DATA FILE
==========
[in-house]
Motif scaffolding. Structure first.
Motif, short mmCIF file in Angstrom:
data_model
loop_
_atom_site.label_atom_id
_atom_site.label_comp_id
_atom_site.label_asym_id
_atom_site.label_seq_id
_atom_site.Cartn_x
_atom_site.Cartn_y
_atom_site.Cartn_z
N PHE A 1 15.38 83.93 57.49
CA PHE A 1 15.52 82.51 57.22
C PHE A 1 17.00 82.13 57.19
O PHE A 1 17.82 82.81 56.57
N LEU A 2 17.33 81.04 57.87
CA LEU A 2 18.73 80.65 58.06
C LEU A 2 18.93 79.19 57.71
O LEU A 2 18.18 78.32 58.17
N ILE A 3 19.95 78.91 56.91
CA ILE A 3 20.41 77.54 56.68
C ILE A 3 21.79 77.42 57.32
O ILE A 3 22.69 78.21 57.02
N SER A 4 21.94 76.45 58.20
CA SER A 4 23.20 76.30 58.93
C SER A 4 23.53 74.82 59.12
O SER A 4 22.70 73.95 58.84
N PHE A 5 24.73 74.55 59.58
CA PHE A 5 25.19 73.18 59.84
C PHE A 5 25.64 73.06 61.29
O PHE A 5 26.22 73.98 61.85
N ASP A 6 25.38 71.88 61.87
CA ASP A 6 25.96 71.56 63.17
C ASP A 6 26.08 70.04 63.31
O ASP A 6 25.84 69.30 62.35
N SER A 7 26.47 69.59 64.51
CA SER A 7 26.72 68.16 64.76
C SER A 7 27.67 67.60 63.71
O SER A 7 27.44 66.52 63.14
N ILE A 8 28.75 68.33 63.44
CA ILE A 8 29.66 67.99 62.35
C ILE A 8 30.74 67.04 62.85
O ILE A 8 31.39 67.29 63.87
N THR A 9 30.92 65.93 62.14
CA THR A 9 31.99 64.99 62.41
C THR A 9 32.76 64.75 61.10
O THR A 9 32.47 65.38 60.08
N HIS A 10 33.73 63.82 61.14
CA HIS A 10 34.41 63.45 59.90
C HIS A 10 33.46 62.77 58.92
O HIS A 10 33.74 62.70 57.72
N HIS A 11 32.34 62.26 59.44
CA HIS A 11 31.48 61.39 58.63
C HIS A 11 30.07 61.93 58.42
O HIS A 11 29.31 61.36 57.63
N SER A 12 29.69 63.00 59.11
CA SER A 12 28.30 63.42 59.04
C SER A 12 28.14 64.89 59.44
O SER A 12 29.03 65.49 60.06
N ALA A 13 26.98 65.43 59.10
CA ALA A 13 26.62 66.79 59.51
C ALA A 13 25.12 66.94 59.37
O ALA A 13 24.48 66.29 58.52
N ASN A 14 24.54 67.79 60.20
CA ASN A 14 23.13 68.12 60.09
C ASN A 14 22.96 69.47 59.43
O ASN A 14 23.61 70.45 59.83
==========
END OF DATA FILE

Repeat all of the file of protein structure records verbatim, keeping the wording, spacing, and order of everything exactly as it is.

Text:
[in-house]
Motif scaffolding. Structure first.
Motif, short mmCIF file in Angstrom:
data_model
loop_
_atom_site.label_atom_id
_atom_site.label_comp_id
_atom_site.label_asym_id
_atom_site.label_seq_id
_atom_site.Cartn_x
_atom_site.Cartn_y
_atom_site.Cartn_z
N PHE A 1 15.38 83.93 57.49
CA PHE A 1 15.52 82.51 57.22
C PHE A 1 17.00 82.13 57.19
O PHE A 1 17.82 82.81 56.57
N LEU A 2 17.33 81.04 57.87
CA LEU A 2 18.73 80.65 58.06
C LEU A 2 18.93 79.19 57.71
O LEU A 2 18.18 78.32 58.17
N ILE A 3 19.95 78.91 56.91
CA ILE A 3 20.41 77.54 56.68
C ILE A 3 21.79 77.42 57.32
O ILE A 3 22.69 78.21 57.02
N SER A 4 21.94 76.45 58.20
CA SER A 4 23.20 76.30 58.93
C SER A 4 23.53 74.82 59.12
O SER A 4 22.70 73.95 58.84
N PHE A 5 24.73 74.55 59.58
CA PHE A 5 25.19 73.18 59.84
C PHE A 5 25.64 73.06 61.29
O PHE A 5 26.22 73.98 61.85
N ASP A 6 25.38 71.88 61.87
CA ASP A 6 25.96 71.56 63.17
C ASP A 6 26.08 70.04 63.31
O ASP A 6 25.84 69.30 62.35
N SER A 7 26.47 69.59 64.51
CA SER A 7 26.72 68.16 64.76
C SER A 7 27.67 67.60 63.71
O SER A 7 27.44 66.52 63.14
N ILE A 8 28.75 68.33 63.44
CA ILE A 8 29.66 67.99 62.35
C ILE A 8 30.74 67.04 62.85
O ILE A 8 31.39 67.29 63.87
N THR A 9 30.92 65.93 62.14
CA THR A 9 31.99 64.99 62.41
C THR A 9 32.76 64.75 61.10
O THR A 9 32.47 65.38 60.08
N HIS A 10 33.73 63.82 61.14
CA HIS A 10 34.41 63.45 59.90
C HIS A 10 33.46 62.77 58.92
O HIS A 10 33.74 62.70 57.72
N HIS A 11 32.34 62.26 59.44
CA HIS A 11 31.48 61.39 58.63
C HIS A 11 30.07 61.93 58.42
O HIS A 11 29.31 61.36 57.63
N SER A 12 29.69 63.00 59.11
CA SER A 12 28.30 63.42 59.04
C SER A 12 28.14 64.89 59.44
O SER A 12 29.03 65.49 60.06
N ALA A 13 26.98 65.43 59.10
CA ALA A 13 26.62 66.79 59.51
C ALA A 13 25.12 66.94 59.37
O ALA A 13 24.48 66.29 58.52
N ASN A 14 24.54 67.79 60.20
CA ASN A 14 23.13 68.12 60.09
C ASN A 14 22.96 69.47 59.43
O ASN A 14 23.61 70.45 59.83